Here’s where to find help if you’re struggling with mental health this lockdown

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Here’s where to find help if you’re struggling with mental health this lockdown

There's help out there.

As we return indoors for a another wave of lockdown, it’s more important than ever that you keep your mental health top-of-mind.

While we experienced a short but sweet taste of normality, seeing friends and family at cafes and bars, exploring the great outdoors and indulging in beers and footy at a mate’s place, the return to lockdown rules hit us for six, changing the way to interact with our support networks.

In these times of isolation and uncertainty, it can make us feel anxious, stressed and worried, and it can be quite difficult to take time out and process it all.

If you’re feeling down, there’s plenty of free resources and organisations that can help, and if you need help right now, it is available 24 hours a day, 7 days a week, anywhere in Australia:

In an emergency, call 000.

Contact Lifeline for support if you are experiencing a personal crisis or have suicidal thoughts. You can call them 24 hours a day, 7 days a week from anywhere in Australia.
Lifeline 24-hour crisis line is 131 114
The Lifeline Text is also available from 6pm to midnight (AEST) on 0477 13 11 14
Beyond Blue Coronavirus Mental Wellbeing Support Service
Beyond Blue are providing information, advice and strategies to help you manage your wellbeing and mental health during the COVID-19 pandemic.
You can reach them via 1800 512 348 or live chat.

QLife is Australia’s first nationally-oriented counselling and referral service for people of diverse sex, genders and sexualities. QLife provides nation-wide, early intervention, peer supported telephone and web based services to support lesbian, gay, bisexual, transgender and intersex (LGBTI) people of all ages.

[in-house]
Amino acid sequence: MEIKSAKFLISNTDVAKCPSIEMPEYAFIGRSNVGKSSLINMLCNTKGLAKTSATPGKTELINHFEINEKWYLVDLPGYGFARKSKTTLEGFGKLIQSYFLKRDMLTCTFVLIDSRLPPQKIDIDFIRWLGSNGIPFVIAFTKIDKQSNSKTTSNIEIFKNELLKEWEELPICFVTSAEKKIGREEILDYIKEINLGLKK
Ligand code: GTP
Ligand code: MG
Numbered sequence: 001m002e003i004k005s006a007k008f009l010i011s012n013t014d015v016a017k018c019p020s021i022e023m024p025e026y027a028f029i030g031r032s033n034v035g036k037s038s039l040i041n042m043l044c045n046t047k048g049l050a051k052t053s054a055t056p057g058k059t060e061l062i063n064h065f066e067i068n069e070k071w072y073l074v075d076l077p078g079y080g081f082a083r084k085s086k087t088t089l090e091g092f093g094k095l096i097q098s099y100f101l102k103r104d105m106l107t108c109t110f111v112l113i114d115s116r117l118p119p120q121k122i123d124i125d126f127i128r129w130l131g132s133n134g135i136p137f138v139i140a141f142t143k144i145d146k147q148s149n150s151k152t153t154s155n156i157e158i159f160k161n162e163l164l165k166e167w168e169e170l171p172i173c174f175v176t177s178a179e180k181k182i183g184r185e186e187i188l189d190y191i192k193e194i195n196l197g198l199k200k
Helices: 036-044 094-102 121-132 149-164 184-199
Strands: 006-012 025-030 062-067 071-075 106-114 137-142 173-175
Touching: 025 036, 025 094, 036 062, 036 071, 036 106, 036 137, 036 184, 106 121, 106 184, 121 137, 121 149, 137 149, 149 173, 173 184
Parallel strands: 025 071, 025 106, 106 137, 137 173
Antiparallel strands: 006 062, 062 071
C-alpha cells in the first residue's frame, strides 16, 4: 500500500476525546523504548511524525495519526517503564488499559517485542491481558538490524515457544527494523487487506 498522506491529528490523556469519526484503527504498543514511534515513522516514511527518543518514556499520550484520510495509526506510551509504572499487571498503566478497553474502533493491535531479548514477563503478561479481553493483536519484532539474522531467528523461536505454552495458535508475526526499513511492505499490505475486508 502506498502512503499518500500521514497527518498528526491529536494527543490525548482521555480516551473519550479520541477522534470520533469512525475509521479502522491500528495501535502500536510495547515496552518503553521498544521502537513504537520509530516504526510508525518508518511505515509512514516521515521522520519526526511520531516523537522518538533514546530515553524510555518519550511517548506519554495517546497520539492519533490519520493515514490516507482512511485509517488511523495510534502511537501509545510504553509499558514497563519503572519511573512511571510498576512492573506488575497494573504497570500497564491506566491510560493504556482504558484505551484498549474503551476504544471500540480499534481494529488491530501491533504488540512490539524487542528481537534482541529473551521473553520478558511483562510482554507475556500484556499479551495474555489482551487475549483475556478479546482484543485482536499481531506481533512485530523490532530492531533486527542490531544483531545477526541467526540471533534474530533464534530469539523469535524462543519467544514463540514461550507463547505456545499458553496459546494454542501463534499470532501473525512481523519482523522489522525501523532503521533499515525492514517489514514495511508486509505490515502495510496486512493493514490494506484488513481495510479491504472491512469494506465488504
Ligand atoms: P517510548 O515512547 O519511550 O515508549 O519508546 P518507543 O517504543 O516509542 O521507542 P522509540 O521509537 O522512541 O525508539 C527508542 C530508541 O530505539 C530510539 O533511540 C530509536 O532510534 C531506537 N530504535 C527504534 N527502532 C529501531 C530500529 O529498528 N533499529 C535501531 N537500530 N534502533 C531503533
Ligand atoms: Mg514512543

Call 1800 184 527 (3pm – 12am (midnight) every day) or chat online to QLife.

Kids Helpline
Kids Helpline provides a free, private and confidential phone and online counselling service for young people aged 5 to 25. The service is available 24 hours a day from anywhere in Australia.
Call 1800 551 800 if you need to chat.

Online and telephone support service that helps young people who don’t feel ready to attend a headspace centre or who prefer to talk about their problems via online chat, email or on the phone. The website also has information and services to support a young person going through a tough time.
1800 650 890

The National Coronavirus Helpline
Trained mental health professionals are available to talk to you 24 hours a day, 7 days a week, via phone, webchat and email, and can help you with anything related to Coronavirus.
Phone 1800 020 080

Suicide Call Back Service
Call the Suicide Call Back Service for immediate, professional 24/7 telephone and online counselling to people who are affected by suicide.
Call 1300 659 467 if you need help.

Reach Out
ReachOut Forums is a supportive, safe and anonymous space where people care about what’s happening for you, because they’ve been there too. The website is also there to help figure things out and make life better, offering information and other resources designed specifically for young people.

Wherever you are in Australia, you can call 1800 RESPECT for confidential information, counselling and support on sexual assault, domestic or family violence and abuse.
You can call 24-hours a day on 1800 737 732.

MensLine Australia
MensLine Australia is a national support, information and referral service for men across Australia, specialising in family and relationship concerns. MensLine Australia provides 24/7 telephone counselling, online chat and video counselling. This is complemented by a comprehensive website with information, resources and an online forum.